For instance, living on campus should be made available to students beyond just the first year as studies have indicated that stronger relationships are built by students living on campus compared to those who live off campus.

Teaching and learning should also take place off campus by way of visits and excursions to related sites so that learning takes place implicitly and the opportunity to build social capital by a shared lived experience increases.

Interestingly, a 2017 study has found that significant social capital leads to improved employability among university students.

The philosophy of human-centric education is beyond just imparting academic knowledge and skills but also centring on a ‘value-based’ approach. It places importance on nurturing human virtues and cultivating qualities of ‘being human’.

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Through curriculum enhancements, universities should offer credit-bearing electives in non-academic areas but which contribute to overall growth like sports, service learning, volunteering and community projects.

These contribute to the development of the social and affective domains of the students and to their development as a whole person.

For instance, Durham University in the UK offers modules like Harry Potter and the Age of Illusion; Liverpool Hope University in the UK provides courses on The Beatles; and Cornell University in the US offers a course on recreational tree climbing.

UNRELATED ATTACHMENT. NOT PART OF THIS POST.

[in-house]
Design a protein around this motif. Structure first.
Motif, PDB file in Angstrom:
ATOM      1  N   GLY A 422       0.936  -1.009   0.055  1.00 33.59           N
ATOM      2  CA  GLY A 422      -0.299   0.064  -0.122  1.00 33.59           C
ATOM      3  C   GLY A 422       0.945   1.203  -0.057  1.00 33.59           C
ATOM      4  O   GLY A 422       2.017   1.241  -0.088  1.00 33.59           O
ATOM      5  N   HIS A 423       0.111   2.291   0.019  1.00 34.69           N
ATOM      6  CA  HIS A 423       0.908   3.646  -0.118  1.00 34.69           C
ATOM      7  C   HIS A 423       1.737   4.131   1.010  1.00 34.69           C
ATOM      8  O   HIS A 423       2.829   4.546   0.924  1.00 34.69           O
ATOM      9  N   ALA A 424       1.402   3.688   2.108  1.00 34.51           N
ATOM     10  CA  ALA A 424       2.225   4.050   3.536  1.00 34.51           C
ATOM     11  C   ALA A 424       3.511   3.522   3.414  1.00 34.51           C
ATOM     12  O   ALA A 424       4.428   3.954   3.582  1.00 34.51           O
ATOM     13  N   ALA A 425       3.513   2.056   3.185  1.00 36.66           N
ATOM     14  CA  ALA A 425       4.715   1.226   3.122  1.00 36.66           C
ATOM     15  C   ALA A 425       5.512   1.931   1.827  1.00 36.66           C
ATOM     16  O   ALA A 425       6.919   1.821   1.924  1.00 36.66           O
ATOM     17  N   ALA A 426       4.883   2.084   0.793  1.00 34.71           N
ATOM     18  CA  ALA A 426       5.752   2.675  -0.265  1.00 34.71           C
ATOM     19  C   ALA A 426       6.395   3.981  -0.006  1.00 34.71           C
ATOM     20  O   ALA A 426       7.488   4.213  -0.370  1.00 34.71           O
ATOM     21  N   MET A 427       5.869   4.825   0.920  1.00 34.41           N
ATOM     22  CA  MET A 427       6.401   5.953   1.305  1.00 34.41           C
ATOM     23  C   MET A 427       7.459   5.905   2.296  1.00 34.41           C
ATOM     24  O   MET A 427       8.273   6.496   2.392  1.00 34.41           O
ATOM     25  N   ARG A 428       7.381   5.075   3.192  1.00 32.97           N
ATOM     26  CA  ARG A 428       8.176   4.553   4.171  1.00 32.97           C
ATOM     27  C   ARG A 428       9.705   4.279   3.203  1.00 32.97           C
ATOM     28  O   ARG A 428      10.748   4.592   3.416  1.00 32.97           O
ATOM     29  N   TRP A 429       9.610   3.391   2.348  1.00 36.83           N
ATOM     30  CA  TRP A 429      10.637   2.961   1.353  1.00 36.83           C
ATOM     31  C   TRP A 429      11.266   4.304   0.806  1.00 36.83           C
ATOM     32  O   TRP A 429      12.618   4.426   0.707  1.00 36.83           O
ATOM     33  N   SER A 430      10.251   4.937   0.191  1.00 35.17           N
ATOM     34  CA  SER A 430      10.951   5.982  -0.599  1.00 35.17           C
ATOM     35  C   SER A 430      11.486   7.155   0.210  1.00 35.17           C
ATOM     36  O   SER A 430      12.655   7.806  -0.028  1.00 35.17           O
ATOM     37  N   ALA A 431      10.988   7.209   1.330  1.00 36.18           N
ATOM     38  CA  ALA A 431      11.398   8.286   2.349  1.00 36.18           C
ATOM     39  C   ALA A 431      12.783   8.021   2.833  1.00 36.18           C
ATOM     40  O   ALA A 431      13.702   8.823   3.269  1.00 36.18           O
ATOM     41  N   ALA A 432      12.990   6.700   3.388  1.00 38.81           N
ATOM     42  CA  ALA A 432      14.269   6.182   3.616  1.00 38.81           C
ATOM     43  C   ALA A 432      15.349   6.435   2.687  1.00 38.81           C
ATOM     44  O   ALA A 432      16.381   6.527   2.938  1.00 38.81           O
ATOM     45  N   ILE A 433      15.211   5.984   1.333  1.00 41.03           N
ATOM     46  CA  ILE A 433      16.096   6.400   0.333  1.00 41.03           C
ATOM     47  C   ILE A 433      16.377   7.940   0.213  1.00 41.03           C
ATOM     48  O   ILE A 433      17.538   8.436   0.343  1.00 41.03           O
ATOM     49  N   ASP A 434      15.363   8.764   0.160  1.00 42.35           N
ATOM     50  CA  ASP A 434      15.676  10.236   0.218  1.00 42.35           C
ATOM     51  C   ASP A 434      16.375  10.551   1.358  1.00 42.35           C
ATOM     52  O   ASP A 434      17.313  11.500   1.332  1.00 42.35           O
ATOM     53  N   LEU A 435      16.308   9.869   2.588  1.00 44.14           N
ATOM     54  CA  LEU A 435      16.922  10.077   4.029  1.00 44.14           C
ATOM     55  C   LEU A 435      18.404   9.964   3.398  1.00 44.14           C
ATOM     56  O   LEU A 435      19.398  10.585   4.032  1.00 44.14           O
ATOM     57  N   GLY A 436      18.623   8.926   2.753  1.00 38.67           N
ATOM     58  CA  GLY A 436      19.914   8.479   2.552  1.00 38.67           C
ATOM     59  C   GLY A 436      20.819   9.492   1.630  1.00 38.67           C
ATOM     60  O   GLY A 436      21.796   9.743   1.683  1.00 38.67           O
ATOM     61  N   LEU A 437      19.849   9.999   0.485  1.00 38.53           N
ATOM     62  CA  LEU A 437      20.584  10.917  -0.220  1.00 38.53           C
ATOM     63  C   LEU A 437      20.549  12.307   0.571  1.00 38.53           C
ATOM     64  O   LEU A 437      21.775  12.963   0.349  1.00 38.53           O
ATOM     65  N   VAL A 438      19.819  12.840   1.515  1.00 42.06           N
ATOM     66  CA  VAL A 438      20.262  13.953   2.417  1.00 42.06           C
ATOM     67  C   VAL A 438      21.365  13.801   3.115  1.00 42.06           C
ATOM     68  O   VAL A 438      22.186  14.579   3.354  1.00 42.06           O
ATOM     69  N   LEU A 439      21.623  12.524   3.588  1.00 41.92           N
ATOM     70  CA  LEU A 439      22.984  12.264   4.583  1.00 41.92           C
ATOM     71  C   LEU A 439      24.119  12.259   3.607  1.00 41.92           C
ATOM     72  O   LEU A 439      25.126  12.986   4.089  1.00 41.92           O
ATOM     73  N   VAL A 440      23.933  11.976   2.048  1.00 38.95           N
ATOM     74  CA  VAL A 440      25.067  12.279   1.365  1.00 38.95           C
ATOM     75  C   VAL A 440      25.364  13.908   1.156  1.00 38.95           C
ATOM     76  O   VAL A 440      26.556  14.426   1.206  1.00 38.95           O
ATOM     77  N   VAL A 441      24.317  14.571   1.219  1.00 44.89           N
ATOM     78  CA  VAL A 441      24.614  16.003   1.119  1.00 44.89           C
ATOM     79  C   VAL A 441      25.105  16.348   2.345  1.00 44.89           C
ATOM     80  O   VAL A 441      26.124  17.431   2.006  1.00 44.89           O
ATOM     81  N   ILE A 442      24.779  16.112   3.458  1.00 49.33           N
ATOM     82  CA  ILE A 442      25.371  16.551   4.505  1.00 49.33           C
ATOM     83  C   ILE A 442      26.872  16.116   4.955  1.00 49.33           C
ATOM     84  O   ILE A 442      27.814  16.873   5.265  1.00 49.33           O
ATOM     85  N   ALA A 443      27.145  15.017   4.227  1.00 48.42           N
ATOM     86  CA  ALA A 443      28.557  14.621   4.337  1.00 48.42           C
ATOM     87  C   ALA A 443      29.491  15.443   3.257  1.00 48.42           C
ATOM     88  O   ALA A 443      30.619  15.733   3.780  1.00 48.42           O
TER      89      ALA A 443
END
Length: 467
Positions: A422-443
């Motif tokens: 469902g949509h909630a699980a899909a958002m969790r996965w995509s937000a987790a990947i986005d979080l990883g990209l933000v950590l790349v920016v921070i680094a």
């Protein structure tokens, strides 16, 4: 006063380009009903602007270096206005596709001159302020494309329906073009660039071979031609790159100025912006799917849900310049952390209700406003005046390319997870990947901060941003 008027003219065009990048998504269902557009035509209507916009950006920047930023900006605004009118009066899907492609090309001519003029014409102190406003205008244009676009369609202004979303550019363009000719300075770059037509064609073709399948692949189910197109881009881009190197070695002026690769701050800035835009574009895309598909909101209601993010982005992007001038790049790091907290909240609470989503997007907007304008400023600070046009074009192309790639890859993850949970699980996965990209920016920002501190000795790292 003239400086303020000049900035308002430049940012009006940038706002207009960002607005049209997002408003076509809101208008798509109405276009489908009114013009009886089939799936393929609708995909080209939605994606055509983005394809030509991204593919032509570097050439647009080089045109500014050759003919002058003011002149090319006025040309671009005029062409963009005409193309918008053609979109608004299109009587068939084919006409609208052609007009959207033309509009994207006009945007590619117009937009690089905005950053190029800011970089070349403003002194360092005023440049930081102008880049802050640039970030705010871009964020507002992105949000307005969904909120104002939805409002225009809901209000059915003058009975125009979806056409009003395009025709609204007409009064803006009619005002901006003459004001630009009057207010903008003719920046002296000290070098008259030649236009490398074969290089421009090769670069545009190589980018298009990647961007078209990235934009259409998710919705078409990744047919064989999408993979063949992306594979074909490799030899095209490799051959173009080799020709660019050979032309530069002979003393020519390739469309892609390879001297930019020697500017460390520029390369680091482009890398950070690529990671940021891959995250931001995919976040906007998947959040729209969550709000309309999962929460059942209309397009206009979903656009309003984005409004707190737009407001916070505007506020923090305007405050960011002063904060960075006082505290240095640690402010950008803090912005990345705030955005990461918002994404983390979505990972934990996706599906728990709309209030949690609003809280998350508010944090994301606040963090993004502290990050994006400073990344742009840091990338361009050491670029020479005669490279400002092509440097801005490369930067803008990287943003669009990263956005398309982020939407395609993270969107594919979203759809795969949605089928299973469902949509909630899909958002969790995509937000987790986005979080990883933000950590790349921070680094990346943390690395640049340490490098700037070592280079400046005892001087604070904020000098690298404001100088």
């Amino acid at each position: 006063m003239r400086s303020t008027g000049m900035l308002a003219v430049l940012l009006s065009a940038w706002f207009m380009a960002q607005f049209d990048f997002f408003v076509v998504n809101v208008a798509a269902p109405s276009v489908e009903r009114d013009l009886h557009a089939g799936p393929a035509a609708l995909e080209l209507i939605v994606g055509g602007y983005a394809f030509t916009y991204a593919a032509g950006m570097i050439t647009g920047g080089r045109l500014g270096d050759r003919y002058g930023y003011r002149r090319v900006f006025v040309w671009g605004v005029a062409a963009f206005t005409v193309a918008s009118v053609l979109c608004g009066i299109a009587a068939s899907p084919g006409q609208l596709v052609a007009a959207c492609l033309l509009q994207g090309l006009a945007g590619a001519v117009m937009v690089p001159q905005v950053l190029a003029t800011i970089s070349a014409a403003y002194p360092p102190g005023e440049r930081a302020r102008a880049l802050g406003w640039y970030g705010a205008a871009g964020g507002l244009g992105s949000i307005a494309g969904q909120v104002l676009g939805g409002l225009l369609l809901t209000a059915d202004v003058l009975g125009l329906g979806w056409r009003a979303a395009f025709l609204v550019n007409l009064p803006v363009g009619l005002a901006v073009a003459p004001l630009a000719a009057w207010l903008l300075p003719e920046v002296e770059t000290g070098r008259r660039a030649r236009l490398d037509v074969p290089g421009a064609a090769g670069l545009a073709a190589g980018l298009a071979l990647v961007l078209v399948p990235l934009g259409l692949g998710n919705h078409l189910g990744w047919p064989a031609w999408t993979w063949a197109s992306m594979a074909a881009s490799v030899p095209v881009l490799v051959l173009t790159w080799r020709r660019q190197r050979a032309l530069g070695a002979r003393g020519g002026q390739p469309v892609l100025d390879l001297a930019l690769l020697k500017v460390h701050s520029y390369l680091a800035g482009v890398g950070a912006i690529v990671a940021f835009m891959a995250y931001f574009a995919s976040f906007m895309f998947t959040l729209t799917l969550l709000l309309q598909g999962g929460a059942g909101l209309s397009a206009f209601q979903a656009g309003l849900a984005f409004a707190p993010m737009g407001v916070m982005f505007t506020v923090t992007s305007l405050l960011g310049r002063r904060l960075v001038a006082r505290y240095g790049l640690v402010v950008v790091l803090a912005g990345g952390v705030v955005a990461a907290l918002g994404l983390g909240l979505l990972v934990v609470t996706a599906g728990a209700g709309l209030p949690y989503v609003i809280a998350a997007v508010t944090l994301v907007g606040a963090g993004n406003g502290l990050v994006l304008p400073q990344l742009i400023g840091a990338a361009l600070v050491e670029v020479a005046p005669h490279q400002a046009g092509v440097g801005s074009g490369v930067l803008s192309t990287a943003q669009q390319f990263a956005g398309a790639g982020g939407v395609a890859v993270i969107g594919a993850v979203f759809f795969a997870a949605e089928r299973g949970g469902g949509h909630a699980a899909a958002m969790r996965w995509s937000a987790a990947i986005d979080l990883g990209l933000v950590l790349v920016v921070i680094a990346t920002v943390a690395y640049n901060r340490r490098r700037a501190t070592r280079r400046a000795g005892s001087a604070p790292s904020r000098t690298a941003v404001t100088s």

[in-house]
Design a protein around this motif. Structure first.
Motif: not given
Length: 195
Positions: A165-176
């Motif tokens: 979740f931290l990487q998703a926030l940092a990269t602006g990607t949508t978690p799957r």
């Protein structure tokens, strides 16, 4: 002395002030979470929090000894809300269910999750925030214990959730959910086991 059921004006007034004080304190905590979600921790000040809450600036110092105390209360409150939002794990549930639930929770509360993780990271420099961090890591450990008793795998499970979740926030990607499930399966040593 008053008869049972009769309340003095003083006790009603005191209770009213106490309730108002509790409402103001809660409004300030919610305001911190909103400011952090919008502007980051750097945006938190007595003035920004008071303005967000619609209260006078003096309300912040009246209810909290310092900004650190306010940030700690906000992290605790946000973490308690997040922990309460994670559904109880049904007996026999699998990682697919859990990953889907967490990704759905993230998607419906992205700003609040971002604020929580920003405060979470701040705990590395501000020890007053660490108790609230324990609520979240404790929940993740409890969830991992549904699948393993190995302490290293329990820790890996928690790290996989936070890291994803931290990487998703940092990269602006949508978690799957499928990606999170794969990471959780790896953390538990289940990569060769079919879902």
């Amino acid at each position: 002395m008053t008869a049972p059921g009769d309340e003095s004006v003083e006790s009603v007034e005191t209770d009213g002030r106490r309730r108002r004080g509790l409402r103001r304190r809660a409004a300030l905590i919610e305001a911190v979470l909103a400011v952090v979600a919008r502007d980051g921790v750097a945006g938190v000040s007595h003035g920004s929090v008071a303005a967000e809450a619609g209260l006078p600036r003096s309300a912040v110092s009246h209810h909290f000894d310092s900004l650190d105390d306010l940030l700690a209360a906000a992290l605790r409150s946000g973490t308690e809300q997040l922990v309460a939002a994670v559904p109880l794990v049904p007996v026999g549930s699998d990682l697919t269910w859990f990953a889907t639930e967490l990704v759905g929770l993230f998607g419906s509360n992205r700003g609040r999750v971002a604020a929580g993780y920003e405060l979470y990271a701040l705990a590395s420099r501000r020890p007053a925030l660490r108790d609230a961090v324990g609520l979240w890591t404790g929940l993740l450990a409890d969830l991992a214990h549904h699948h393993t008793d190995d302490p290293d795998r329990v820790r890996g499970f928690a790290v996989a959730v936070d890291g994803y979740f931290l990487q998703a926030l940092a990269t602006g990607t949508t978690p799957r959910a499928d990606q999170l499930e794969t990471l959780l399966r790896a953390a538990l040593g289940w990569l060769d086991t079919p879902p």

Hence, as universities are often viewed as societal gatekeepers, an equilibrium needs to be maintained for students to build and maintain human connections for social support as these relationships are the foundations of a well-balanced educational experience and provide opportunities to forge lifelong friendships based on shared interests.

As we prepare students for the future workforce, we are witnessing transformations in work trends in the forms of remote and hybrid working cultures.

As we battle the dual disruption of the pandemic and automation, universities have equal responsibility not only to prepare students with knowledge and skills but also to navigate relations and communication for this work environment.

By nature, the human mind was designed to be creative, to solve problems and to be innovative for survival.

While it is important to develop digital skills for the future, technology is always evolving and society will need to continually keep upskilling and relearning digital skills to keep up with trends and remain competitive.

However, it is imperative that ever-consistent human soft skills such as respect, communication, collaboration, listening, empathy and resilience are also inculcated in students, as these are in essence of what it means to be human. As Mahatma Gandhi said, “the greatness of humanity is not in being human, but in being humane.”

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So, the next time you are in class, instead of starting by asking your students to log into the learning portal to access your lecture notes, take a few minutes to ask them, “How can I help make you a better person?”. It could make a world of difference.

Prema Ponnudurai is head of the School of Media and Communications at Taylor’s University